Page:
I-MOVIX will launch the world’s first automatic de-flickering system for live broadcast at IBC 2013. d-flicker is a complete solution for users of I-MOVIX ultra-motion camera systems that allows live broadcasters to overcome the flickering problems sometimes caused by lighting conditions in sports venues.

Until now, distracting flicker effects have made the use of ultra-slow motion difficult at some locations where lighting systems interfere with the camera systems, and the previous generation of deflickering technologies were based on post-processing, making them impractical for live broadcast. With d-flicker, ultra-slow motion can be used without restriction in any venue, whether outdoors or indoors.

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d-flicker provides both automatic de-flickering and de-noising functionality, together with tools for enhancing the quality and sharpness of ultra-motion shots.

“Ultra-motion shots now look better than ever before, so broadcasters can at last integrate incredible extreme slow motion into any live situation,” said Laurent Renard, CEO, I-MOVIX. “A lot of R&D has gone into making d-flicker an efficient and simple to use solution, and this breakthrough extends the clear lead that I-MOVIX cameras have as the best ultra-motion systems on the market.”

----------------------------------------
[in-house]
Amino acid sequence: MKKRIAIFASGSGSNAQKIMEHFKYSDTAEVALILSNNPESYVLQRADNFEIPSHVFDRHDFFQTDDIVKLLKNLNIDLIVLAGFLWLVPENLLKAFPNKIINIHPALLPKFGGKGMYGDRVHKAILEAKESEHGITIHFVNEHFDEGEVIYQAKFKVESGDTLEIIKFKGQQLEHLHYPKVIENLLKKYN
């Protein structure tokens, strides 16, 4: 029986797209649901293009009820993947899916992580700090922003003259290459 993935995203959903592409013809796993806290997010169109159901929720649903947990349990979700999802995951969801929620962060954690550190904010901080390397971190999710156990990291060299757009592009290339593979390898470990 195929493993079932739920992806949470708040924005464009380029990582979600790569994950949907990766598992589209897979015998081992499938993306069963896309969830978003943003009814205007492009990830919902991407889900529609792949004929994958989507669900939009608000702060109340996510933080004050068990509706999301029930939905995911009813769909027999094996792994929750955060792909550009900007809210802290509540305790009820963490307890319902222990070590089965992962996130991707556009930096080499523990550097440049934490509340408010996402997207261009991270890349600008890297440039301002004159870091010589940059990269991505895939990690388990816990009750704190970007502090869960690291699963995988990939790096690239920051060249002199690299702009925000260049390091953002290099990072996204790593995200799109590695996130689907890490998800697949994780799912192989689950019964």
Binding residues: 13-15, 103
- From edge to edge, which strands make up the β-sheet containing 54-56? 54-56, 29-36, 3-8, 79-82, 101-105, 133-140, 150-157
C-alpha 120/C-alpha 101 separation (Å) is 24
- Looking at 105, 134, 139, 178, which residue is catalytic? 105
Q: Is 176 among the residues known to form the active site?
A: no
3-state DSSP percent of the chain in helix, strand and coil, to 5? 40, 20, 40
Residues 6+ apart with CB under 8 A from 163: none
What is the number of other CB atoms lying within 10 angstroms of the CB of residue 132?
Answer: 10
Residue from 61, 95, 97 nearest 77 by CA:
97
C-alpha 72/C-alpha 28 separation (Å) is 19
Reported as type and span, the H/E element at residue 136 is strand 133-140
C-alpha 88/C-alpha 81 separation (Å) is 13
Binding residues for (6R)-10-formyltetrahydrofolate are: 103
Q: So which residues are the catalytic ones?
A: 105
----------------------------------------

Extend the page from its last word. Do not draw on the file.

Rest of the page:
The d-flicker automatic de-flickering system can be used with SprintCam Vvs HD and X10 & X10+ solutions from I-MOVIX, combined with XT servers from EVS. d-flicker is not available for use with other high-speed cameras in the sports broadcast market.

More information on this and any other I-MOVIX product is available at www.i-movix.com or by phone at +32 65 320 450.

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About I-MOVIX® 

I-MOVIX (www.i-movix.com) is the worldwide leader in extreme slow motion for sports broadcast (from 75 to over 5,000 FPS). The company's products are the first true ultra-slow motion systems, fully integrated for broadcast use, offering the unprecedented combination of very high frame rates and instant replay, or continuous streaming. The technology has appilcations in live sports and other live TV productions, as well as in commercials, documentaries, feature films, and scientific R&D.